2017 witnessed the festive moments of basketball fanatics from the region as the Philippine-led Asian consortium successfully secured the right to host the most awaited International Basketball Federation (FIBA) World Cup in 2023.
Philippines, along with Japan and Indonesia, braved the bidding held last year against Argentina and Uruguay that also offer to host the major sports event.
This was a sweet victory for the Philippines after it lost two years ago to China for the 2019 FIBA World Cup.
Despite the fact that the games would be played in three nations, Philippines will host most of the major games, allowing the huge basketball fan base in the country to witness the event.
Samahang Basketbol ng Pilipinas, who led the consortium, is targeting to bring the FIBA finals to the 55, 000-seat Philippine Arena as it seeks to break the attendance record of 35, 000 from the 1954 World Cup final between the US and Brazil at Rio de Janeiro.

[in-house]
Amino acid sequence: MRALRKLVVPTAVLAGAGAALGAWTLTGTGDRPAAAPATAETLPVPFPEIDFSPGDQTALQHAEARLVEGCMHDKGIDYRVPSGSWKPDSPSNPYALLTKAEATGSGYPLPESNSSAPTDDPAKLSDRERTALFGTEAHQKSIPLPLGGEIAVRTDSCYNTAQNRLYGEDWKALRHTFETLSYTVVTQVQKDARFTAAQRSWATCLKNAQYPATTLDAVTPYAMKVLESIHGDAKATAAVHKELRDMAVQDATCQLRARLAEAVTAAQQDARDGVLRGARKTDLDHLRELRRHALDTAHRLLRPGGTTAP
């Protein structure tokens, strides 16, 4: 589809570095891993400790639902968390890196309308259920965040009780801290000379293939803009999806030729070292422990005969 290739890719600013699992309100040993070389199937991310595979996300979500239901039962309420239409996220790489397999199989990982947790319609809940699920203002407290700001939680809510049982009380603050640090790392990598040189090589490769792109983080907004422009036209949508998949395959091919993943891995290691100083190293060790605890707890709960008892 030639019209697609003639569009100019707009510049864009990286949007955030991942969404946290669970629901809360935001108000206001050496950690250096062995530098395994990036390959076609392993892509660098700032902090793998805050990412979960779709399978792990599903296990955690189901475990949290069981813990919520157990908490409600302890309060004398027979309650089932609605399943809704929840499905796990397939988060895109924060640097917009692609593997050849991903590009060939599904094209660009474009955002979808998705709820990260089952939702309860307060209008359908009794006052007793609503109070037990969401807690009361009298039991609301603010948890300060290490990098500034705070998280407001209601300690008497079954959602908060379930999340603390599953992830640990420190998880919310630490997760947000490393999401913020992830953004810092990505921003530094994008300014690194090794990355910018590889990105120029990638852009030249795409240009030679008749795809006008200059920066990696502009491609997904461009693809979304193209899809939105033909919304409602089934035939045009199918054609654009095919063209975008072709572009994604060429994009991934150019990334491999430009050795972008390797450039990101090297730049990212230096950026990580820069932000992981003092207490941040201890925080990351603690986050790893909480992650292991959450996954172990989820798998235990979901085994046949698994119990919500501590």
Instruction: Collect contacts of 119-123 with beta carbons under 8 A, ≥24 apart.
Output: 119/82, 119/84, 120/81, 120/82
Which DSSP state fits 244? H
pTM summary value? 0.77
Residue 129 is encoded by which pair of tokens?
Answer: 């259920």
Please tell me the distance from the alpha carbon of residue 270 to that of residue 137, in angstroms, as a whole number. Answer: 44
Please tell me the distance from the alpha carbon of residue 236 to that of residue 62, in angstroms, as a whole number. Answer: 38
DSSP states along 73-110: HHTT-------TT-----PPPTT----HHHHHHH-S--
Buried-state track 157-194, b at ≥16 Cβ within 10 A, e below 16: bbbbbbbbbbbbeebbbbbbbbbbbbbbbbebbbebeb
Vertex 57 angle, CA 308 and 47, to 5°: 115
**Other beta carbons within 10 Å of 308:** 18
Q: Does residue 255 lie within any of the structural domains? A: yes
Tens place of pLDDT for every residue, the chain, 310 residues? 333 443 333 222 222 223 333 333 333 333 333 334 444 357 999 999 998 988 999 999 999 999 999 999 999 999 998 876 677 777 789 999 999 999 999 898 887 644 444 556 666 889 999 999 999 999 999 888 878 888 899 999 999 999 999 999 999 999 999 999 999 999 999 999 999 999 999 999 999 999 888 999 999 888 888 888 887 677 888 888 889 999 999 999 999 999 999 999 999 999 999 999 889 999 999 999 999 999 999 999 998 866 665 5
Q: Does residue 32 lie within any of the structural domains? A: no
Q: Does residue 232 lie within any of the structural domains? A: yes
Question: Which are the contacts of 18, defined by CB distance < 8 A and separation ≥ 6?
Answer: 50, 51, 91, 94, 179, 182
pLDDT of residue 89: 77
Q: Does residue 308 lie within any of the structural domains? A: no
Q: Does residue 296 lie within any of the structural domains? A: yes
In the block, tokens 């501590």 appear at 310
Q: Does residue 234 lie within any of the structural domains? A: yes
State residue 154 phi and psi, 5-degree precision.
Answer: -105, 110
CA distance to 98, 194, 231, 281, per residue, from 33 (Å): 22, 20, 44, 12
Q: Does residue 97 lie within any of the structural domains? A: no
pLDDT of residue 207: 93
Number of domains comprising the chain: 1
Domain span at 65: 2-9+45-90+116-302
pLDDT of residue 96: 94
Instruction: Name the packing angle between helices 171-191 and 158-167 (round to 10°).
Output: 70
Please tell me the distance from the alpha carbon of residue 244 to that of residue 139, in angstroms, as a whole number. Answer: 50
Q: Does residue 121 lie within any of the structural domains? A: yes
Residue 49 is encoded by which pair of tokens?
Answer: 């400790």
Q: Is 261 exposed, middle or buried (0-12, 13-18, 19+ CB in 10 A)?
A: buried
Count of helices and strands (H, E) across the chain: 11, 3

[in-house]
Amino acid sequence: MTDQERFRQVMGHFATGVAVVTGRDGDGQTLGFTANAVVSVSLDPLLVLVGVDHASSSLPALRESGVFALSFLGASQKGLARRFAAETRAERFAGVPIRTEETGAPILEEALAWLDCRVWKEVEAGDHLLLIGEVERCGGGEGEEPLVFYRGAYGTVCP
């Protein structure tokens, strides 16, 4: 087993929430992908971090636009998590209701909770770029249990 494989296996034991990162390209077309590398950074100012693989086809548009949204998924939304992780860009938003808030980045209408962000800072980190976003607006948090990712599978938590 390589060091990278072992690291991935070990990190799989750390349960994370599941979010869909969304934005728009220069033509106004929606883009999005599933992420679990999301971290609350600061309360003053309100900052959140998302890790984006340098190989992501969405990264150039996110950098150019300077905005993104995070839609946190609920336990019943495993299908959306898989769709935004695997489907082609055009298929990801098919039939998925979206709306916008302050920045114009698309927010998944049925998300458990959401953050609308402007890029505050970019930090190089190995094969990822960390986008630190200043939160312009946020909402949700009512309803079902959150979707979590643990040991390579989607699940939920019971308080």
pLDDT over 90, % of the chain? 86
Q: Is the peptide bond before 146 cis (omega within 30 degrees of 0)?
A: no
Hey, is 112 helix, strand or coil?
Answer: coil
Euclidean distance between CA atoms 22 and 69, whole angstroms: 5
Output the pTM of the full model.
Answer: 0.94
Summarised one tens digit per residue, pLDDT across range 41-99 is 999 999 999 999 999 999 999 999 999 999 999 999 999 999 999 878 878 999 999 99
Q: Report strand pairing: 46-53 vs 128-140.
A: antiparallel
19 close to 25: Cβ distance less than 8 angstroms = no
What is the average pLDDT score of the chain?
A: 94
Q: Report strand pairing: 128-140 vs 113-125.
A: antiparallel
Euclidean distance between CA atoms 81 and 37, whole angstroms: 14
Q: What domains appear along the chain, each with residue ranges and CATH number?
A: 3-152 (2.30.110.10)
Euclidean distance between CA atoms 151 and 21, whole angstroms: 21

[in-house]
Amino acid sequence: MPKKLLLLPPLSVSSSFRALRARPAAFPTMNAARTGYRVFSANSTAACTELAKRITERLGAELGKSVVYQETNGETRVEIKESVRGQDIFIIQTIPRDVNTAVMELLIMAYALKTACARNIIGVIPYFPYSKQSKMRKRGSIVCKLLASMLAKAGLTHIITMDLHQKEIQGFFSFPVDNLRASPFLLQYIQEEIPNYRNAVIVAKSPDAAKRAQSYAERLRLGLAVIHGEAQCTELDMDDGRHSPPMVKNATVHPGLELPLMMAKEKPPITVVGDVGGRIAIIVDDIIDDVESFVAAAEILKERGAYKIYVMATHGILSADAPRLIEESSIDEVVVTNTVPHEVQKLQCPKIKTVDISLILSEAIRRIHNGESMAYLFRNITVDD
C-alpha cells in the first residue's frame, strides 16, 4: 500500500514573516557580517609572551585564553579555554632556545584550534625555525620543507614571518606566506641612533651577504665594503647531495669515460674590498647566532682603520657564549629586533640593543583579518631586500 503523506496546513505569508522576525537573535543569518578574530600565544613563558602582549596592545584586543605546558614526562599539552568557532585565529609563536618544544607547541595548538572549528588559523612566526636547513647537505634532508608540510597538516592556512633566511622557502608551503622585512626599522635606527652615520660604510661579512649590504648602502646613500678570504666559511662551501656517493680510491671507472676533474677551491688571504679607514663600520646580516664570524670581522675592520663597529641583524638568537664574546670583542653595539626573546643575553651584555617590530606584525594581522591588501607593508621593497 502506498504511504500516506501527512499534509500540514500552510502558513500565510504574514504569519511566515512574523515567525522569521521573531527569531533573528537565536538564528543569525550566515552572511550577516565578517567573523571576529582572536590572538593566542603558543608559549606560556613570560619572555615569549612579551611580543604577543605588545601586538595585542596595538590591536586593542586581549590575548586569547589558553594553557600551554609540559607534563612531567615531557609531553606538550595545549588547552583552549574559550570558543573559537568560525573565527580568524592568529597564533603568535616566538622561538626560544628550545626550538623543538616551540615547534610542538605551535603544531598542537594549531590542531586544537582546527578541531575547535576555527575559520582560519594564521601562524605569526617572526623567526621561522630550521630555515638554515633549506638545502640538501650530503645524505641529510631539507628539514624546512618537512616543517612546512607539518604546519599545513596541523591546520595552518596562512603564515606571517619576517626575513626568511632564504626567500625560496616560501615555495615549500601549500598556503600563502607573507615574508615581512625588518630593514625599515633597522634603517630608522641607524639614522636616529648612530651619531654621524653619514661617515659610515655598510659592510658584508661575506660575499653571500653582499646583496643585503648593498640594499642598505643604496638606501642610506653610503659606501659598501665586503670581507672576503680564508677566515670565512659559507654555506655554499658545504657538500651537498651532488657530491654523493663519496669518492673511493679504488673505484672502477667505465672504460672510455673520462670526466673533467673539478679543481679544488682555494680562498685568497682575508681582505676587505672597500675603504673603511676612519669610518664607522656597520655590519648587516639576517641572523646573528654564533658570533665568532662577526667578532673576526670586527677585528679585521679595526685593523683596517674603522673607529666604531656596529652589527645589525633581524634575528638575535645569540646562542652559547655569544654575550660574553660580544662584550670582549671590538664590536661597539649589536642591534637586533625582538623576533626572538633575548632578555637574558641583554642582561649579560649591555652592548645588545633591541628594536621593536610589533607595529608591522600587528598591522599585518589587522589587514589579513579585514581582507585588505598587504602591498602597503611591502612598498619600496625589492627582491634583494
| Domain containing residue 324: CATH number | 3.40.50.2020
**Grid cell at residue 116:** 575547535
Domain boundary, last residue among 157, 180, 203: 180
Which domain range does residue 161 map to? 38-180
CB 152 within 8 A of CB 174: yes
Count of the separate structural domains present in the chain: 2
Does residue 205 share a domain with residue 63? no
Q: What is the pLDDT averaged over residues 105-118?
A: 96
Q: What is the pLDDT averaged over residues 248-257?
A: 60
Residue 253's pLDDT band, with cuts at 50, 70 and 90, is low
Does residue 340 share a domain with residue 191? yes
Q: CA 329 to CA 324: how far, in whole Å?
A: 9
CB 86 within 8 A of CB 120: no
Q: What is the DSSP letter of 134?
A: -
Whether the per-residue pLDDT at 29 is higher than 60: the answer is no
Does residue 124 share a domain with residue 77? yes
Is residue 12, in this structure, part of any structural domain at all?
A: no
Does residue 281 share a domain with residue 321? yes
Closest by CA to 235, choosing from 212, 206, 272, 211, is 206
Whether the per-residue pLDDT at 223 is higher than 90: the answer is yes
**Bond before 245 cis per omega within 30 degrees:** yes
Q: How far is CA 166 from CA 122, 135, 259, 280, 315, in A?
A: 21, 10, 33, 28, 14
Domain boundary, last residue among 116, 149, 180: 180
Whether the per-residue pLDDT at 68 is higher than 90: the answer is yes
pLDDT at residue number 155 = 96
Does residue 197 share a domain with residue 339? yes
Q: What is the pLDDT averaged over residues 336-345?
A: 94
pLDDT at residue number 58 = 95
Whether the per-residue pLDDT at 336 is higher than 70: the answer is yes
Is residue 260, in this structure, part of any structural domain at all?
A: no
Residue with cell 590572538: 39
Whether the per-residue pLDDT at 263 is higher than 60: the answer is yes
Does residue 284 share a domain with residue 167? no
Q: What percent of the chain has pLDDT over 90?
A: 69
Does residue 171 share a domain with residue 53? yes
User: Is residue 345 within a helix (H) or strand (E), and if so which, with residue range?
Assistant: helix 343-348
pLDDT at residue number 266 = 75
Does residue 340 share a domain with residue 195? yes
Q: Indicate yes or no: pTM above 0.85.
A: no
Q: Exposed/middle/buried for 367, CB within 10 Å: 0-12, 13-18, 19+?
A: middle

Meanwhile, the FIBA started the inaugural window of the FIBA Basketball World Cup 2019 Asian Qualifiers in preparation for the 2019 tournament. It said to have allowed its 16 matches to be held in 14 different venues across the region from November 23 to 27.
The Philippines appeared victorious as it won two matches, beating Japan and Chinese Taipei.
Australia also defeated Japan and Chinese during the inaugural window, a few months after its debut in the FIBA Asia Cup in Lebanon.
Moreover, the recently held Asia Cup had recorded notable moments for the Asia basketball in 2017.
One of these was the return of Syrian basketball team to the Asia Cup after missing two editions. The Syria fought hard in both Asia Cup and Qualifiers, which resulted in two matches won over the India.
Also, Lebanon’s ‘tiger’ Fadi El Khatib bid goodbye in the Asia Cup. The 37-year-old legend continued to lead his team, registering 25.9 points per game in his last international tournament.
Still, the fact that Philippines won the World Cup hosting rights, after years of drought for FIBA hosting, tops all the highlights happened in the region’s basketball industry.